"Four Answers to One Question." j Services will be held as usual to-;an(j 7.3 p m Morning theme, "A
Because of the inclemency of the i morrow morning and evening. Miss ' Personal Question." Evening theme,
weather the meeting announced foi Kate Carnes will lead the Epworth -Helping to Answer Our Own Pray
laat night in honor of "Father" was ! leagu service at 6:4". Rev. Mr. j ers '
postponed and will be held next j Shult will postpone the series of; Swedish Baptist, corner of Twenty
Tuesday evening. The subject for evangelistic services for a few weeks. 1 flm 8treet aud Fif'tn aveaue Rev D
last night was "Dost Thou Believe?" j membership contest. i Holmberg pastor. Sunday 'school at
At the conclusion of tonights meet-1 The contcst,for members conduct- 9 30 a. m. Services at 10:45 a. m.
ing there will be baptismal services. ' ed Dy members of the Young People's ; and 7-45 p in
Tomorrow morning there will be a ! association of Broadway Presbyter-1 Edzewood 'BaDtist. corner Forty
bible school rally at 9.30. bervices,jan church is increasing in interest j
7V ue "V""
In the afternoon at 3 o clock there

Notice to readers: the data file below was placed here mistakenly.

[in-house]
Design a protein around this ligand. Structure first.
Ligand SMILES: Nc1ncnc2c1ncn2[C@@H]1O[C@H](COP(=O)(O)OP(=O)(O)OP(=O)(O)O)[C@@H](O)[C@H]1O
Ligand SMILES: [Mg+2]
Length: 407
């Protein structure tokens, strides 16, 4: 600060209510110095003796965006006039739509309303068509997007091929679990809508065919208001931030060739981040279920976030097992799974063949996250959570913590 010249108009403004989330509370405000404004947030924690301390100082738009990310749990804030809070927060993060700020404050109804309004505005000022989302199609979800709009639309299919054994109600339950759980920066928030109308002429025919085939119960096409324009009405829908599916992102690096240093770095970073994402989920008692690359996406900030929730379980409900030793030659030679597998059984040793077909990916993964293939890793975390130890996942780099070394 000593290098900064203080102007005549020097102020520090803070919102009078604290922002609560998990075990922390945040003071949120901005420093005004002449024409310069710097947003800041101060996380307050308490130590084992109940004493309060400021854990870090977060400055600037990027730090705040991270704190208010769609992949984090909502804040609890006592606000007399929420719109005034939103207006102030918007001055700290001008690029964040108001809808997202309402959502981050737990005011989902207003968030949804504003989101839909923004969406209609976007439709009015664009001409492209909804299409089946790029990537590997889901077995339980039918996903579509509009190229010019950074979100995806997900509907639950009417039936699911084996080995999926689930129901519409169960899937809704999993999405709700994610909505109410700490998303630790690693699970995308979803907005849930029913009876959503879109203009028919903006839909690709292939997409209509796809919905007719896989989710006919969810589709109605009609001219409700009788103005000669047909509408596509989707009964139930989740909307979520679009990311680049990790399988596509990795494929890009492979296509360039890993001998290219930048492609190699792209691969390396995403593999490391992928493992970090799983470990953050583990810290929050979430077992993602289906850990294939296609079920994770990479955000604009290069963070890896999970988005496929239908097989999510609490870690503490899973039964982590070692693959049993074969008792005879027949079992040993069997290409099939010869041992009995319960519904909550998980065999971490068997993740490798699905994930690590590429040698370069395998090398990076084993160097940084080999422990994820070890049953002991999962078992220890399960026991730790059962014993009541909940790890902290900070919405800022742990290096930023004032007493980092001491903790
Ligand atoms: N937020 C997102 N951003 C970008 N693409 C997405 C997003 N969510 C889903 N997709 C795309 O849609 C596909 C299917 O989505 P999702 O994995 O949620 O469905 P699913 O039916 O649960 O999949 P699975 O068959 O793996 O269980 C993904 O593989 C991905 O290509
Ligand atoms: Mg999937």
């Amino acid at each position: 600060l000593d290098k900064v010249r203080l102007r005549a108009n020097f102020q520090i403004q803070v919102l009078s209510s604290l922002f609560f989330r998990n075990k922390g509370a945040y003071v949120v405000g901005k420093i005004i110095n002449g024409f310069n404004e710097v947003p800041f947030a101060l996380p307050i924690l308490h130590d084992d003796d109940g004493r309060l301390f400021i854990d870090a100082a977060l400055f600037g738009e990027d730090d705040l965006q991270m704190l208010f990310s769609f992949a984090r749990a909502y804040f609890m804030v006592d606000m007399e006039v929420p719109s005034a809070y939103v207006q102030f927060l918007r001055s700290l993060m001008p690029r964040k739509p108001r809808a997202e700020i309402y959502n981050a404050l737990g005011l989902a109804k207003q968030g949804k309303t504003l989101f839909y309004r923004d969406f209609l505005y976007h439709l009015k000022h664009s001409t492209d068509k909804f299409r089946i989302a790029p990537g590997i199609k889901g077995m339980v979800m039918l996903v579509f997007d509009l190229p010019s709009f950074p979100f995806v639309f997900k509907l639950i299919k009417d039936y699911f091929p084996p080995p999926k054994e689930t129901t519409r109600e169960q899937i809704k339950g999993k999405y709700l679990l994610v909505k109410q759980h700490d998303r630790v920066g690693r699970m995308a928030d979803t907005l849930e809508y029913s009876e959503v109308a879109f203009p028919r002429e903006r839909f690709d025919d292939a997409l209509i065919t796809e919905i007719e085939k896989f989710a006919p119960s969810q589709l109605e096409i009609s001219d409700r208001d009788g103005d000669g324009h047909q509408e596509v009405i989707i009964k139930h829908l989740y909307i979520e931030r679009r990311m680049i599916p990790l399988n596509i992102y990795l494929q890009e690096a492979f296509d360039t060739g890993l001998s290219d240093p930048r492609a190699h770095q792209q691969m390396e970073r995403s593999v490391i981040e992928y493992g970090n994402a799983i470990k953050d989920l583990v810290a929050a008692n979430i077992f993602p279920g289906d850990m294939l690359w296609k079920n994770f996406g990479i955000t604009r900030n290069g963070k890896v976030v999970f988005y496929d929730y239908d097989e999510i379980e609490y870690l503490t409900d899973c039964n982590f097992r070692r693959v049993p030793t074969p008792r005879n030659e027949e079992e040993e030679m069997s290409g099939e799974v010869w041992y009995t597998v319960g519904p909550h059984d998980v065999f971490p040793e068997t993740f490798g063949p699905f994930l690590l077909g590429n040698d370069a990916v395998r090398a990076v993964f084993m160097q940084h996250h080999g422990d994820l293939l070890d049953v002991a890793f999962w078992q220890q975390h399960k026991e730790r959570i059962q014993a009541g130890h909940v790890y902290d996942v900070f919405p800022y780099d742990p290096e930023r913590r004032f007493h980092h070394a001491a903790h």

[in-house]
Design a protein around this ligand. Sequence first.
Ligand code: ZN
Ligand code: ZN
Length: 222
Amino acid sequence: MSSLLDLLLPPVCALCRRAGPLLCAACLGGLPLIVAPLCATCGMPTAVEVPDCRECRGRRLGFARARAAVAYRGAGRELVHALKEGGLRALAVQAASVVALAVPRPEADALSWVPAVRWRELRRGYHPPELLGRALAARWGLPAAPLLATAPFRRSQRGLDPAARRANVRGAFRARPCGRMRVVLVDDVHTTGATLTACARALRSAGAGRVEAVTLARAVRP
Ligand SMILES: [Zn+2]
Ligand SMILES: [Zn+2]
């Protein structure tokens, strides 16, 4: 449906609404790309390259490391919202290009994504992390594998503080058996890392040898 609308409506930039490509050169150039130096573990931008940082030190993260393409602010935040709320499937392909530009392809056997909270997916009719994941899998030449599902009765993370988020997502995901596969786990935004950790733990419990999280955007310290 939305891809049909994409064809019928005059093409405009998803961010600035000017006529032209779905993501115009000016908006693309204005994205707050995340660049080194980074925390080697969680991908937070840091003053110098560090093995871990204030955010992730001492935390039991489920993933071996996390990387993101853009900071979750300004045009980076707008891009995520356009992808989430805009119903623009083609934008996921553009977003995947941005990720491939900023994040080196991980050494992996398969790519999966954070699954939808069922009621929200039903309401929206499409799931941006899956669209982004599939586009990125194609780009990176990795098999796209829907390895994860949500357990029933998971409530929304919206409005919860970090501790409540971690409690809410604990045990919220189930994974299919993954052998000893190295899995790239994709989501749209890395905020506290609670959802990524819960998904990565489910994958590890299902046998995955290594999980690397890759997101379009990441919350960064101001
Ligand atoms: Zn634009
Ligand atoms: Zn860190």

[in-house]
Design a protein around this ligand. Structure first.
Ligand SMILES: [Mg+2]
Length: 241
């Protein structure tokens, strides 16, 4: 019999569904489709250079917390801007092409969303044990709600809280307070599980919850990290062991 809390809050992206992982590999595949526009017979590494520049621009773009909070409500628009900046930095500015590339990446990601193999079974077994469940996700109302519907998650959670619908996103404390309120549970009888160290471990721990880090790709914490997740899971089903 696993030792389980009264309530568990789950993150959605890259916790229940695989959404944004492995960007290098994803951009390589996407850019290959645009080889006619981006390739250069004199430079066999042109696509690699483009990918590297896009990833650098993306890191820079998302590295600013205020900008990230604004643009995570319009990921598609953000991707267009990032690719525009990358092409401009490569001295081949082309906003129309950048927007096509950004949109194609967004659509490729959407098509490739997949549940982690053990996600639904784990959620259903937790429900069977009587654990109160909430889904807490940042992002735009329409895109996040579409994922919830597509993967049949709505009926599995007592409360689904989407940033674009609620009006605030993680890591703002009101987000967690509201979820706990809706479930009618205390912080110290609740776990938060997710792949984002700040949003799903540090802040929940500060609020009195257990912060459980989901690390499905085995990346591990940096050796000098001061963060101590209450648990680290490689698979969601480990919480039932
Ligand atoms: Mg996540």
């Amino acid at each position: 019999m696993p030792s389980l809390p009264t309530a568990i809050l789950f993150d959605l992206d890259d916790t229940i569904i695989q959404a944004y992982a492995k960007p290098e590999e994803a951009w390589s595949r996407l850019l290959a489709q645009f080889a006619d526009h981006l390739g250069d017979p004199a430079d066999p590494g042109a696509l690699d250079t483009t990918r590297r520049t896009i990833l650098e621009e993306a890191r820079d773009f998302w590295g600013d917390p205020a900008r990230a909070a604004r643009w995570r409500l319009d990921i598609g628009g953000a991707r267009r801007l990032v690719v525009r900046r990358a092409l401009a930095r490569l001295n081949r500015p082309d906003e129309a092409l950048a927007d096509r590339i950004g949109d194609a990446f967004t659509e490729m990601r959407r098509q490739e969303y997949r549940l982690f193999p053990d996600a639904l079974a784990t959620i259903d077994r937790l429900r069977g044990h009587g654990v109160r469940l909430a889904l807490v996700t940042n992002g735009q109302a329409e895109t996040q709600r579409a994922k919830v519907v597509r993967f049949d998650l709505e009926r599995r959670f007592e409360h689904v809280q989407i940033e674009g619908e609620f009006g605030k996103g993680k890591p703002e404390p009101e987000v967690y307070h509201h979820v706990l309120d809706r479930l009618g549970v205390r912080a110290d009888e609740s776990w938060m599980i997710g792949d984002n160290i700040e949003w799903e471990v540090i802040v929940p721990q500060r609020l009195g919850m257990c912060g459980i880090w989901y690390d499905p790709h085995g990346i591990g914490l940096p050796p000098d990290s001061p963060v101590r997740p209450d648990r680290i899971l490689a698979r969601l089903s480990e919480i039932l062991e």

will be a sermon for women only.
The subject is to be
There will be a large chor-j
us of ladies to assist in the singing. I
The evening sermon will be illustrat- 1
d with charts. a few points in the lead. The con-
FOiiMER missionary TALKS. test will continue for six more Sun
Tomorrow evening at Grace Eng-jdays.
3 it.-k-?i mm m u. r.m. m r: n. j -a
teenth street and SIrth avenue.
f.ranville H. Sherwood, rector. Sunday
chool at 9:30 a. m. Services at
7:30 and 10:45 a. m. and 7:30 p. m.
Zlon Swedish Lutheran, Forty-fifth
treet and Seventh avenue. Rev. N. J.
Forsberg. paster. Sunday school at
9:30. Eenlcea at 10:45 a. m. and
1:30 p. m.
Germftn Evangelical, Ninth street,
between ifih and Sixth avenues. Rev.
F. J. Ro'i, pastor. Sunday school at
S:1C a n
Uorrlces at 10:33 a. m. and
T-'n n m !
Pra.v VnirHah Lutheran, corner For- i
iv.f.rr.- ctrrt nnrt s?v.nth .venue,
Rev. Ira O. Nothstein, pastor. Sunday
school at 9:15 a. in. Services at
30:45 a. 111. and 7:30 p. m.
theme, 4 The Gift of God."
.riuon bv Rev. K. Edman; theme,,
-Kurdietar. and the Kurds." Luther !
Itasuc meetinsr at o:la; topic. The'
Books of the New Testament."